Sale of rare Victoria Cross breaks world record
Media release – July 25, 2006
Sale of rare Victoria Cross awarded to NZ-born soldier breaks world auction record
A Victoria Cross awarded to a New Zealand soldier for bravery in Gallipoli set a world auction record in Sydney last night.
The record was set at Bonhams and Goodman auction when they sold Captain Alfred John Shout’s Victoria Cross, Military Cross and other service medals for $A1,214,500.
The Victoria Cross was awarded to Captain Alfred John Shout who died fighting for the ANZACS IN Gallipoli.
New Zealand publicly listed company Mowbrays own a 20 percent stake in Bonhams and Goodman who are the second biggest auction house in Australia.
The previous world auction record for the sale of a Victoria Cross was stg235,250 for a medal awarded to Sergeant Norman C Jackson, a British Royal Air Force pilot for his role in the Battle of Britain during World War II in 1944.
The Victoria Cross and the other medals awarded to Shout were put up for sale by Shout's family who have treasured them for over nine decades.
The elderly owner was Shout’s grandson and he sold the medals due to a serious illness and to help provide for his children, the great grand children of Captain Shout.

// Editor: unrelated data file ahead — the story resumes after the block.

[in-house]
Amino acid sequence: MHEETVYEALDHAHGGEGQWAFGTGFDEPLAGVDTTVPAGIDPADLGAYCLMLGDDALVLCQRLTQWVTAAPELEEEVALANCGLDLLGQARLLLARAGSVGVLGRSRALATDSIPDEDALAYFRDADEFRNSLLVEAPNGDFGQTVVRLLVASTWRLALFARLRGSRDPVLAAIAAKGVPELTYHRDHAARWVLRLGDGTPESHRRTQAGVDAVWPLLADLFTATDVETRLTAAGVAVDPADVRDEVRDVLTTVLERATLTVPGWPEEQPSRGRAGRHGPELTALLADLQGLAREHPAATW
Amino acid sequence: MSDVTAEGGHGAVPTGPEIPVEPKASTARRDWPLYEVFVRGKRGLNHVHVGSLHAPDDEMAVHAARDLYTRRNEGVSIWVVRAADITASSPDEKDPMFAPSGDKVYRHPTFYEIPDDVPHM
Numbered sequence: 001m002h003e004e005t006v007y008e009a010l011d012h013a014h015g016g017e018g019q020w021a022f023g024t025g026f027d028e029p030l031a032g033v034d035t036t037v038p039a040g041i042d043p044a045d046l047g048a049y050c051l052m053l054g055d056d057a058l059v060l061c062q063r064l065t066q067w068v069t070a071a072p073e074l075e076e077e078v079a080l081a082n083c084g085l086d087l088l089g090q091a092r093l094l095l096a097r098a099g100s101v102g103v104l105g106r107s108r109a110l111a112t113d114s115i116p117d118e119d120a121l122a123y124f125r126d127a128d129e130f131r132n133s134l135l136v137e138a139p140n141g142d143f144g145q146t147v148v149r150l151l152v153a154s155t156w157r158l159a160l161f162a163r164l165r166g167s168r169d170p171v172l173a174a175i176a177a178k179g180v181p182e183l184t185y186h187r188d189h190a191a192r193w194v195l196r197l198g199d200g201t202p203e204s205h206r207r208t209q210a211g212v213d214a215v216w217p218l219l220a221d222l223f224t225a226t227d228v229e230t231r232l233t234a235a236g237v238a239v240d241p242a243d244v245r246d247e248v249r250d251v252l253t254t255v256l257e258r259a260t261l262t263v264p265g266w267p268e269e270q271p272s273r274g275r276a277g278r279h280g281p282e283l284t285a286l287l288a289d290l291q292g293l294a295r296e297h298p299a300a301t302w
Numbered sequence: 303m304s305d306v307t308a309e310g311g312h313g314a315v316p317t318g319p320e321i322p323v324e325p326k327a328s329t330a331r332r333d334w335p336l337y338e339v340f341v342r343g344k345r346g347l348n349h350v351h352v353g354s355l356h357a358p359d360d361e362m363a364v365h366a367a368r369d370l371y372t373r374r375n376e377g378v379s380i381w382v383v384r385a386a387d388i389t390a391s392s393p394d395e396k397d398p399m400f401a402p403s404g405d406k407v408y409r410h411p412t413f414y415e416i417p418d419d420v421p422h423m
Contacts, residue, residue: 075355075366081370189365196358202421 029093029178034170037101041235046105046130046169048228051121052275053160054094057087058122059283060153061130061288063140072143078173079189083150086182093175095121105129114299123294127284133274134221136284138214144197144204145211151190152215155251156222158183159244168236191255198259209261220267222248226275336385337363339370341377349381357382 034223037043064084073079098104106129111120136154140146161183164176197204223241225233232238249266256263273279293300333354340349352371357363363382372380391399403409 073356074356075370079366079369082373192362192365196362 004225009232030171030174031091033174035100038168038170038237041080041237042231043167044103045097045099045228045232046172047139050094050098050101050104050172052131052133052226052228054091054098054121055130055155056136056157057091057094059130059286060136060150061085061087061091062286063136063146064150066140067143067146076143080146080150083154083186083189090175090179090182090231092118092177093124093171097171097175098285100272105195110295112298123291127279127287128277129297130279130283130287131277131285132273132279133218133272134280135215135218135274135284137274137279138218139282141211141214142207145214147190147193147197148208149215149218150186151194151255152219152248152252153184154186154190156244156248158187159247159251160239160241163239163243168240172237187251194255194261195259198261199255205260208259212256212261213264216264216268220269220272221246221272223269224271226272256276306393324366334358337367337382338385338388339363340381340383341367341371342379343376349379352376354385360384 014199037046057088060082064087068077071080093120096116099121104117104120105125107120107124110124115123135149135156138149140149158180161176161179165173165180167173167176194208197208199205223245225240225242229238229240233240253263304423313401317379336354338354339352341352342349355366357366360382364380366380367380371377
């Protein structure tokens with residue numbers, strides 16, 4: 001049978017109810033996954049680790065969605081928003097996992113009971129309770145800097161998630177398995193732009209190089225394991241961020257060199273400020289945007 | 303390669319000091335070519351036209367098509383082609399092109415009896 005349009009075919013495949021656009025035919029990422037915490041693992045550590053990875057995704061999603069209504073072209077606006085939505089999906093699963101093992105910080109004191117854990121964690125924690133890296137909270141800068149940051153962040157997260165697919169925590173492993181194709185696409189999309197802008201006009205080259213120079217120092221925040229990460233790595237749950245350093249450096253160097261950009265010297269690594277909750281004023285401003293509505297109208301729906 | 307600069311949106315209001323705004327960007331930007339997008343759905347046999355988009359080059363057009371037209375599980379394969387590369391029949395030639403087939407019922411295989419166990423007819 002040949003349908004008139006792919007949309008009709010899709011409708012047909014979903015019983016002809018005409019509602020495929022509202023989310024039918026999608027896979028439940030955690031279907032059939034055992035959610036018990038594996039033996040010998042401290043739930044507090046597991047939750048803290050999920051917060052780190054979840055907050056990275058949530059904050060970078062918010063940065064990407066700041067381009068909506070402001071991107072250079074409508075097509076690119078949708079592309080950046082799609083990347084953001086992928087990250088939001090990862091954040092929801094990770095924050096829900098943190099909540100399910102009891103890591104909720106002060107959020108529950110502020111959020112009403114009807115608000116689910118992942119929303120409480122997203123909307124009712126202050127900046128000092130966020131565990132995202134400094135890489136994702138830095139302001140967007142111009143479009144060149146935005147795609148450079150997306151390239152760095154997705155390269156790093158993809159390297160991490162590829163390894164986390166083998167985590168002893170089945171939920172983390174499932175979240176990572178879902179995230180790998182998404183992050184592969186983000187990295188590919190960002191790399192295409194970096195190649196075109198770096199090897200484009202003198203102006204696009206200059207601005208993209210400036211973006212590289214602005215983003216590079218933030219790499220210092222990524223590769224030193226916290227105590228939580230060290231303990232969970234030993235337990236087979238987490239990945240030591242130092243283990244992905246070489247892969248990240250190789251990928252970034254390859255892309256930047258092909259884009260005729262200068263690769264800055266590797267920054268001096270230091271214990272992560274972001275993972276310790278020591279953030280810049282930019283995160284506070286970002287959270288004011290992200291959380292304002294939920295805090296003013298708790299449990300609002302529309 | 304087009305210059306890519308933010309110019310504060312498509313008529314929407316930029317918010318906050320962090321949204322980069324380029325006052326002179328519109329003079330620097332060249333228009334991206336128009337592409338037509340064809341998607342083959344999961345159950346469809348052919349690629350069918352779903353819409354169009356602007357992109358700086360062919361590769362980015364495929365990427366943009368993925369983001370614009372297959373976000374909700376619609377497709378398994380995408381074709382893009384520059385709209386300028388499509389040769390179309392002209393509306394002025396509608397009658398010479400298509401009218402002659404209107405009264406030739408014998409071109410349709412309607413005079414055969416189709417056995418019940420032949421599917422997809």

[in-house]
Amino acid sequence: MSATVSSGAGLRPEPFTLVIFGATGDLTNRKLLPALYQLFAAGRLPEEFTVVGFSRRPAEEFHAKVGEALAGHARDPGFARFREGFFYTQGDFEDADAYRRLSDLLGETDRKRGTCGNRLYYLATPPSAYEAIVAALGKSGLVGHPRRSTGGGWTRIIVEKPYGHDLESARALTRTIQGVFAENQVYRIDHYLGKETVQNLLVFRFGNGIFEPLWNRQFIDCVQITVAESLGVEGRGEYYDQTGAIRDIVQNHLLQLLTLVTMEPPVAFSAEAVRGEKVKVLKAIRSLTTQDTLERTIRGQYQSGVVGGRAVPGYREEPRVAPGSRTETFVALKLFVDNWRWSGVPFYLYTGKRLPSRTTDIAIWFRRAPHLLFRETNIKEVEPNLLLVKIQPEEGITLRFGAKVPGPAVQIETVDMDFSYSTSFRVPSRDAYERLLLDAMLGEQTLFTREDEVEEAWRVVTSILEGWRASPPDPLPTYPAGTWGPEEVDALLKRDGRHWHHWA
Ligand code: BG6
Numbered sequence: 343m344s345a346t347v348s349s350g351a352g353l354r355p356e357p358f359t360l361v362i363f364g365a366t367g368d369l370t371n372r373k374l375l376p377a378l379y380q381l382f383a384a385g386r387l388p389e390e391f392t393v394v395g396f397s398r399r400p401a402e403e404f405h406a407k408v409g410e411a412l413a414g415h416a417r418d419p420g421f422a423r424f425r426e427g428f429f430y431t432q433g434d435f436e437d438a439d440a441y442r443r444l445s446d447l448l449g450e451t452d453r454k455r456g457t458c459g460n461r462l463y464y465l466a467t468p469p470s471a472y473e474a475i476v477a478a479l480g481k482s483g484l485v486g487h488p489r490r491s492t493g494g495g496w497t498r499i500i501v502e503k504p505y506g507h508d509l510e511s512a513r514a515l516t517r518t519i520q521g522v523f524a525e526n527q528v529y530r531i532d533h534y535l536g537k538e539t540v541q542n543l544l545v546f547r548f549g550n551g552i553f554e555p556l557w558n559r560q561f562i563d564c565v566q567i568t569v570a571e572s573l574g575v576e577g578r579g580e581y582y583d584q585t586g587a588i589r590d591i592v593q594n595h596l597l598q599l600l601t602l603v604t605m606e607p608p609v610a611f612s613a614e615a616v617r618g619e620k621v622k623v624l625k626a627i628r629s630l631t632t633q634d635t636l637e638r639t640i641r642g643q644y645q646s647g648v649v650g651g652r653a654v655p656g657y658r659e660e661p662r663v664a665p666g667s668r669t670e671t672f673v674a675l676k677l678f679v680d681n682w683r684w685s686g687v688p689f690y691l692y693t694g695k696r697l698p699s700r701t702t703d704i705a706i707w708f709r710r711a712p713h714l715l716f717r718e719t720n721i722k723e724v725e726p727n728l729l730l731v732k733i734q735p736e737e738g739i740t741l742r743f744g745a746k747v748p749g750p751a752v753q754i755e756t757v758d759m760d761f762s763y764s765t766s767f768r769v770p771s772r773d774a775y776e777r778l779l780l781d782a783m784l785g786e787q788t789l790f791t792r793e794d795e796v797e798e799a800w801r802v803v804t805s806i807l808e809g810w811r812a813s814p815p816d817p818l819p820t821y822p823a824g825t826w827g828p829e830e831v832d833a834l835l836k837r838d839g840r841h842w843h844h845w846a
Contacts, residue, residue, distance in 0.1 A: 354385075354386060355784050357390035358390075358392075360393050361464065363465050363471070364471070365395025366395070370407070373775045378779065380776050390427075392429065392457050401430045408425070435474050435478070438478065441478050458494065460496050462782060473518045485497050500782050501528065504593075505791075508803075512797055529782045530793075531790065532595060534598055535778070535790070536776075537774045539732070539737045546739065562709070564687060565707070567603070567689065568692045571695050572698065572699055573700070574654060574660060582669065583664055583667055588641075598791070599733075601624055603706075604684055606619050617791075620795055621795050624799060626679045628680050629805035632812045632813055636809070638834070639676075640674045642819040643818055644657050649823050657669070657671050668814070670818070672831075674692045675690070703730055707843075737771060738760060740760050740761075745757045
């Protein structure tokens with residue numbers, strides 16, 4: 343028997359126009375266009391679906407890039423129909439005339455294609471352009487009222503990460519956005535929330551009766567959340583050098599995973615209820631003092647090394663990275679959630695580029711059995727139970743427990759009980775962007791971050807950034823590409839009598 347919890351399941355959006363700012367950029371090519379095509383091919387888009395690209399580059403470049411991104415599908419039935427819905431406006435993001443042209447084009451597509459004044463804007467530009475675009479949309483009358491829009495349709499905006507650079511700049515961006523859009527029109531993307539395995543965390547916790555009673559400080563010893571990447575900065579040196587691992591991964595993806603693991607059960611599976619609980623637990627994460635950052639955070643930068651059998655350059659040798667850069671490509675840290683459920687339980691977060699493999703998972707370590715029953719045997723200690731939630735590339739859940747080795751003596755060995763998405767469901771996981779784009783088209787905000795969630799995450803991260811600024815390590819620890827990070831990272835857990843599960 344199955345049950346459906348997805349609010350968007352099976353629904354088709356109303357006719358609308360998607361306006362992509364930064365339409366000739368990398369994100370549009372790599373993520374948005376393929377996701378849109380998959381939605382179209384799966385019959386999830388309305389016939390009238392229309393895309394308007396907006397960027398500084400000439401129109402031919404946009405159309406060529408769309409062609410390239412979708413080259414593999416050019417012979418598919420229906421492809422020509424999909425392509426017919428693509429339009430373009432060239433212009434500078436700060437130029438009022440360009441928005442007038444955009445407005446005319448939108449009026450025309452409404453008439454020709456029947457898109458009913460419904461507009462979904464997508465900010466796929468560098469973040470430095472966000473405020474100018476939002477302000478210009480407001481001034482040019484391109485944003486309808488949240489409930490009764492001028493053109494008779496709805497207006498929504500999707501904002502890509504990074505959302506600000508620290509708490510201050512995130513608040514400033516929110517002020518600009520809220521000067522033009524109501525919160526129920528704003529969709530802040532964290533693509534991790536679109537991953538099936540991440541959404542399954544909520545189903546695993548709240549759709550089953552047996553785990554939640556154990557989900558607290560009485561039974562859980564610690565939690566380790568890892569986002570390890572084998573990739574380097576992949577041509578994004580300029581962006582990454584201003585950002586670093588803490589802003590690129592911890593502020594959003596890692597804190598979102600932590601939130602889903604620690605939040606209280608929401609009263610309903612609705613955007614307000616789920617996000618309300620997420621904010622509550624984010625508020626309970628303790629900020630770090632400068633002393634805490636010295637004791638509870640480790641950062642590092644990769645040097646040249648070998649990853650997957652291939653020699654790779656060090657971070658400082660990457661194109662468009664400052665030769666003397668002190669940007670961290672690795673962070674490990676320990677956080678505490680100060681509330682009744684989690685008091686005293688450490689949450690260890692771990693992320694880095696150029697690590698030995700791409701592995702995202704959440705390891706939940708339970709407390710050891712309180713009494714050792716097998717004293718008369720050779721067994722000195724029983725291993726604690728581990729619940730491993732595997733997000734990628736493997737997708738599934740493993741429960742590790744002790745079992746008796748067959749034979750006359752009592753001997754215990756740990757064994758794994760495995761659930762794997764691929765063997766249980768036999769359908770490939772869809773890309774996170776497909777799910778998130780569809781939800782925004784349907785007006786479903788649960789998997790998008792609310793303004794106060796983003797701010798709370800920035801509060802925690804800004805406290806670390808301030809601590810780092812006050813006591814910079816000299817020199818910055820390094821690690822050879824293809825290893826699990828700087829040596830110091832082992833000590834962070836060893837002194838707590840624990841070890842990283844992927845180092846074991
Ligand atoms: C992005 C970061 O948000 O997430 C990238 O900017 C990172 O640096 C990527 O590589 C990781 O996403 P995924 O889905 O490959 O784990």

Captain Shout was the most decorated soldier to have fought with the Australian Imperial Force at Gallipoli. Born in Wellington 1882 in New Zealand, Shout fought in the Boer War and later migrated to Australia with his wife and daughter in 1905.
The Victoria Cross was awarded to Shout posthumously for his valour at Lone Pine. He died at sea off Gallipoli on a hospital ship three days after combat on August 11, 1915 from injuries incurred during battle.
The collection of Shout's medals includes a Victoria Cross; Military Cross; Star 1914-15; British War Medal 1914-18; Victory Medal 1914-19; Queen's South Africa Medal and King's South Africa Medal.
Last night’s successful Australian bidder wishes to remain anonymous. But Bonhams said he intended to have the medals shown in the Australian War Memorial.